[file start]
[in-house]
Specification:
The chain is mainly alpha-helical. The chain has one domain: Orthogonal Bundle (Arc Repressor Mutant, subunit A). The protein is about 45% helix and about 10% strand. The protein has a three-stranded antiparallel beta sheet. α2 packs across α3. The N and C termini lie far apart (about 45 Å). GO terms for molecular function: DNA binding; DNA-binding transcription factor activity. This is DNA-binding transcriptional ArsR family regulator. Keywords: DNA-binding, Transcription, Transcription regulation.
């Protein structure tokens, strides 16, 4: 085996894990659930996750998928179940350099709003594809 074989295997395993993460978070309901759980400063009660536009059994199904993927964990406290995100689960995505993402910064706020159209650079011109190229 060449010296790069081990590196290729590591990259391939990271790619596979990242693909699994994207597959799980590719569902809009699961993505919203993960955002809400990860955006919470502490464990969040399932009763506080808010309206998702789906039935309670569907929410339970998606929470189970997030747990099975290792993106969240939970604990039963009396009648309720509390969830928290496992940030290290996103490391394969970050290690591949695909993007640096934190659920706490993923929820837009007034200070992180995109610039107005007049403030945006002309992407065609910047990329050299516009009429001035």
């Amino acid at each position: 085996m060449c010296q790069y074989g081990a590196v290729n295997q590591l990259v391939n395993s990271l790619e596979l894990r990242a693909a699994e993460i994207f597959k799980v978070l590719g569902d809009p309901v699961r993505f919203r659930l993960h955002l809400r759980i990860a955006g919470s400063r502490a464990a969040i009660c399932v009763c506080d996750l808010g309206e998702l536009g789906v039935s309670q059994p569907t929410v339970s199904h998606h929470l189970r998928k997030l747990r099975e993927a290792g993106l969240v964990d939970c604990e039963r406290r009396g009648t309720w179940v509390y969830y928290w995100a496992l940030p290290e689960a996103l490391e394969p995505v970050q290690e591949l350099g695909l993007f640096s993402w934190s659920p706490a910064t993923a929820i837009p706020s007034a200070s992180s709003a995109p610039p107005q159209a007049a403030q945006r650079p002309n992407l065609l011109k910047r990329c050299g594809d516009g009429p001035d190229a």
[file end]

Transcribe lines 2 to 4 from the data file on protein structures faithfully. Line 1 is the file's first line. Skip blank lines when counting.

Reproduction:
Specification:
The chain is mainly alpha-helical. The chain has one domain: Orthogonal Bundle (Arc Repressor Mutant, subunit A). The protein is about 45% helix and about 10% strand. The protein has a three-stranded antiparallel beta sheet. α2 packs across α3. The N and C termini lie far apart (about 45 Å). GO terms for molecular function: DNA binding; DNA-binding transcription factor activity. This is DNA-binding transcriptional ArsR family regulator. Keywords: DNA-binding, Transcription, Transcription regulation.
């Protein structure tokens, strides 16, 4: 085996894990659930996750998928179940350099709003594809 074989295997395993993460978070309901759980400063009660536009059994199904993927964990406290995100689960995505993402910064706020159209650079011109190229 060449010296790069081990590196290729590591990259391939990271790619596979990242693909699994994207597959799980590719569902809009699961993505919203993960955002809400990860955006919470502490464990969040399932009763506080808010309206998702789906039935309670569907929410339970998606929470189970997030747990099975290792993106969240939970604990039963009396009648309720509390969830928290496992940030290290996103490391394969970050290690591949695909993007640096934190659920706490993923929820837009007034200070992180995109610039107005007049403030945006002309992407065609910047990329050299516009009429001035």